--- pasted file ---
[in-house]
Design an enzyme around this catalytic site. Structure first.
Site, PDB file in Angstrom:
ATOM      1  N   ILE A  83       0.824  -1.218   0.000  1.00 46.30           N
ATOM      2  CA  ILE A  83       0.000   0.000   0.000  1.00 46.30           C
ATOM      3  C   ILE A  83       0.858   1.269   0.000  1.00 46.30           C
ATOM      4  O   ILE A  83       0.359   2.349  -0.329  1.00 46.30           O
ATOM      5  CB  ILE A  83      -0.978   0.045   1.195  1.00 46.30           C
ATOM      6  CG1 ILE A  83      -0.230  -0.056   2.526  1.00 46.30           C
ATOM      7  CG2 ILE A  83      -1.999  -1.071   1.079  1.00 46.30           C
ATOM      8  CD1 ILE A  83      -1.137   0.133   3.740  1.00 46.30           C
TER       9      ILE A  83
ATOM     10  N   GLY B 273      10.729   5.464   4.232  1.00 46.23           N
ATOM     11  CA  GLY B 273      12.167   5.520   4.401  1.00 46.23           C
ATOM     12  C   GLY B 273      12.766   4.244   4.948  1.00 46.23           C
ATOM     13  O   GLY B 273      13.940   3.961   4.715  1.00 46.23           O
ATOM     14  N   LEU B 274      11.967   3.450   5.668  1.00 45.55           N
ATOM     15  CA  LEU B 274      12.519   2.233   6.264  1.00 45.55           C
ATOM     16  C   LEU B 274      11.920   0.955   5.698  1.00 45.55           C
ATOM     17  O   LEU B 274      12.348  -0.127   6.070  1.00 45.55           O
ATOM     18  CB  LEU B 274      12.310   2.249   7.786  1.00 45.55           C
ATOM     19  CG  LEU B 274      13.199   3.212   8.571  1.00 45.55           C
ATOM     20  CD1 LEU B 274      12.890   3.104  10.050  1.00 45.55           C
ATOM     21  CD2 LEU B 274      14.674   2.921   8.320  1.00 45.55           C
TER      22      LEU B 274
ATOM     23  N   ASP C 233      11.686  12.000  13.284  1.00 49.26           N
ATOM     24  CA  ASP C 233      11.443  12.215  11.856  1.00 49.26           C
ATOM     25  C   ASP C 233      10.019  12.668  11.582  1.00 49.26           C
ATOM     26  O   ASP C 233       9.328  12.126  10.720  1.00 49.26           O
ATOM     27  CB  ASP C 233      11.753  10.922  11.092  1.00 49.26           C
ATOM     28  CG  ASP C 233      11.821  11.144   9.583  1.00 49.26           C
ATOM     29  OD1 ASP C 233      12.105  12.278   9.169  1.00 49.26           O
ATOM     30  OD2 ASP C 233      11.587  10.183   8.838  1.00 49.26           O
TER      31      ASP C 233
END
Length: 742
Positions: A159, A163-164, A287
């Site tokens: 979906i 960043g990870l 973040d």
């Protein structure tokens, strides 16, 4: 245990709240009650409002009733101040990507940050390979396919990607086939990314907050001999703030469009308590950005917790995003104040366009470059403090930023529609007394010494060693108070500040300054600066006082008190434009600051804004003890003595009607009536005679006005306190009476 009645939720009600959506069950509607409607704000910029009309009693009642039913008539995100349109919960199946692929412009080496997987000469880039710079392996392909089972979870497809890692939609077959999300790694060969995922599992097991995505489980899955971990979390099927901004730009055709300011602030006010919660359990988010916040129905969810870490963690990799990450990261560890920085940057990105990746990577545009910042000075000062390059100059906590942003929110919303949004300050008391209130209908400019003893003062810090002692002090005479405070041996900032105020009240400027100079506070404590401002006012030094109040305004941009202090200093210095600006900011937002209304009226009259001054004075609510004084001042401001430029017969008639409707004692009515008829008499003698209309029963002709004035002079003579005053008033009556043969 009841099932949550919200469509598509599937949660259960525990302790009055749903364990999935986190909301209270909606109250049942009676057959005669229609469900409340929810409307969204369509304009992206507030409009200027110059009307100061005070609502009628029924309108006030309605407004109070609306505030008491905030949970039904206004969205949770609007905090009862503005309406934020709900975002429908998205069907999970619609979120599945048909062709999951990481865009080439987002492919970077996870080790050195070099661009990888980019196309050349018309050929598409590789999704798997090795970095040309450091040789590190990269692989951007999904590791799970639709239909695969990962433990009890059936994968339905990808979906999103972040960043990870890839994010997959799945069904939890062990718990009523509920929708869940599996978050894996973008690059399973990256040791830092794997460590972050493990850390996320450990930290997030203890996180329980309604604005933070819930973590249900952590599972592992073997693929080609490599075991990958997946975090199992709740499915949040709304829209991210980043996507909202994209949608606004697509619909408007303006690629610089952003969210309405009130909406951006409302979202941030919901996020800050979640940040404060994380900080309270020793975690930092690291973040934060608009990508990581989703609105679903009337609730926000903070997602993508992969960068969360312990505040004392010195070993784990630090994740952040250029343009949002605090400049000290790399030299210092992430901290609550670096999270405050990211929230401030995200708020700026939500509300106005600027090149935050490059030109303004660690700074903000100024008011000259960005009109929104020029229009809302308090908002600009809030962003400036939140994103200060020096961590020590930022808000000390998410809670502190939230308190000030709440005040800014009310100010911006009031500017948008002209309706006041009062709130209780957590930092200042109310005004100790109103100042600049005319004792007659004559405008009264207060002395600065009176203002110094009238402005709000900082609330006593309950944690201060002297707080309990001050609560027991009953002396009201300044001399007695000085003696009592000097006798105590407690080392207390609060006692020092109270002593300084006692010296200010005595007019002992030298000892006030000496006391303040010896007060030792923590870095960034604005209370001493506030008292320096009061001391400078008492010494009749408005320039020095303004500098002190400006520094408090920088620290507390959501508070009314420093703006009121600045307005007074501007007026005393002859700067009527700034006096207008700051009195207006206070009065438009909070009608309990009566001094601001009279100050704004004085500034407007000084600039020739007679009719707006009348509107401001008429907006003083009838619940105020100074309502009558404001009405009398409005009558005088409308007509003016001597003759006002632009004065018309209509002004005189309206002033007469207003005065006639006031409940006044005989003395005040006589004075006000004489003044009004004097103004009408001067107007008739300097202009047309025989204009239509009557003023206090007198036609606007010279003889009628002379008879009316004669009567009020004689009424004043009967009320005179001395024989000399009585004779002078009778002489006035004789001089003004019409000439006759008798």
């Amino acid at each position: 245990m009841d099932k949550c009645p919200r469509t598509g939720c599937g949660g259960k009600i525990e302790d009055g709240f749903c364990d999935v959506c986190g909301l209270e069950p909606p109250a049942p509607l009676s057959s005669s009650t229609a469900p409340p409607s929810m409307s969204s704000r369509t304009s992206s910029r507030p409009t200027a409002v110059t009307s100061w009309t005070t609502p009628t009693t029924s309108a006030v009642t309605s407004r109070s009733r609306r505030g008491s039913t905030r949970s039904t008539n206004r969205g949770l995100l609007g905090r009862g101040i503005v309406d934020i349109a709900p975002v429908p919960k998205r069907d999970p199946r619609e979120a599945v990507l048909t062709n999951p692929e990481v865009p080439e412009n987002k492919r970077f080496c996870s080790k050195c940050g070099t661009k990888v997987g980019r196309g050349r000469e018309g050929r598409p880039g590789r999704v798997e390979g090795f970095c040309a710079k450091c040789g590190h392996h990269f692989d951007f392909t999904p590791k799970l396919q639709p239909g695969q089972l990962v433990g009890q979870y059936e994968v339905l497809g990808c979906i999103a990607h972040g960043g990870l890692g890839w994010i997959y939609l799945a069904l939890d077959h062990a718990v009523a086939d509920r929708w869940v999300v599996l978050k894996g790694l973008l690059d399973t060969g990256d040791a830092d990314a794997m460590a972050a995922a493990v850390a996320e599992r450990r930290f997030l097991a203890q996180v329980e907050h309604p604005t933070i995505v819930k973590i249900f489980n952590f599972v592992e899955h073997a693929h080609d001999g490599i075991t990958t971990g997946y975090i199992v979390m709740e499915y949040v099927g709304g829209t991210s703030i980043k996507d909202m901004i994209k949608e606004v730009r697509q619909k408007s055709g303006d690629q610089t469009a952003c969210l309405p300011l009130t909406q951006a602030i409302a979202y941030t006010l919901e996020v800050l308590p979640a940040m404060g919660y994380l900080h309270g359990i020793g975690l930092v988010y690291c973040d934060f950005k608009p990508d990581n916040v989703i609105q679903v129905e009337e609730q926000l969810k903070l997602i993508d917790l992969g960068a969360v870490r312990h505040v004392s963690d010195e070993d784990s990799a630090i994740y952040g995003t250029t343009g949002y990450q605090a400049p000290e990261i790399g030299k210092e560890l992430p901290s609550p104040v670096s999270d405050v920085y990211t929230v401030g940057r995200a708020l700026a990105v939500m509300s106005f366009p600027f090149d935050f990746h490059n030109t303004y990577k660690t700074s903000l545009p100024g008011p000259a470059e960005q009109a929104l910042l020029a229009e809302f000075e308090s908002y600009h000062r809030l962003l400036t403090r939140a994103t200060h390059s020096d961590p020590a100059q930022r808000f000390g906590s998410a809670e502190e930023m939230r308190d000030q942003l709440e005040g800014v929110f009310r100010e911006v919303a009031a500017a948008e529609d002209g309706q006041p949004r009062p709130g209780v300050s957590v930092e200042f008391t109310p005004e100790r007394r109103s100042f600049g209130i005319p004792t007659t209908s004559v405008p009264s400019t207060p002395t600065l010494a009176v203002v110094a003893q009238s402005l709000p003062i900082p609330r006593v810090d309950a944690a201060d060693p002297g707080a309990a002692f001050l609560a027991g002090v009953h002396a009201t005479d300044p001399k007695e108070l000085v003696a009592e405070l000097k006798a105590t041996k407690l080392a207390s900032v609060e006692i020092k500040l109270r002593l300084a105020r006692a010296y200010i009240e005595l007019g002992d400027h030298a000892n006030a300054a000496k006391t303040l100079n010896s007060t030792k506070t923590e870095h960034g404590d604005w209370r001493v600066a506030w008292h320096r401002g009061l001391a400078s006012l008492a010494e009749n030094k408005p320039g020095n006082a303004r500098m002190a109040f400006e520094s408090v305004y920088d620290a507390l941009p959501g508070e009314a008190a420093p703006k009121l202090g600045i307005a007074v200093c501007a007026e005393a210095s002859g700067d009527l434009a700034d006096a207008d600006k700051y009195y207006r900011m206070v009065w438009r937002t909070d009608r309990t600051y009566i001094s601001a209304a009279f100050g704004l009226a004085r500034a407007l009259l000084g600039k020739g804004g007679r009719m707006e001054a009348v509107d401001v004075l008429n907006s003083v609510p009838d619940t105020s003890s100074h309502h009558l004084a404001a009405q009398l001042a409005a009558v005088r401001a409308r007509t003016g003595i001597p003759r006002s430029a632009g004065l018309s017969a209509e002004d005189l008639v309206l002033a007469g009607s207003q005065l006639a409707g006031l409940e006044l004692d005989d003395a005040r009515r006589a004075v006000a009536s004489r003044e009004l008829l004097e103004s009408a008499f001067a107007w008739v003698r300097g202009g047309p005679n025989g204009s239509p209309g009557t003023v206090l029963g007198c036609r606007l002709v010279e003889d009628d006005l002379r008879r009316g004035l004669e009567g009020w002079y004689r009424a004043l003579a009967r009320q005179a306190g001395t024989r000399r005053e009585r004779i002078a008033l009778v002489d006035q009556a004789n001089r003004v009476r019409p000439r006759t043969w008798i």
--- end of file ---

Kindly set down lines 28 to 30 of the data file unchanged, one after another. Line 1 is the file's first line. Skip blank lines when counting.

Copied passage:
ATOM     25  C   ASP C 233      10.019  12.668  11.582  1.00 49.26           C
ATOM     26  O   ASP C 233       9.328  12.126  10.720  1.00 49.26           O
ATOM     27  CB  ASP C 233      11.753  10.922  11.092  1.00 49.26           C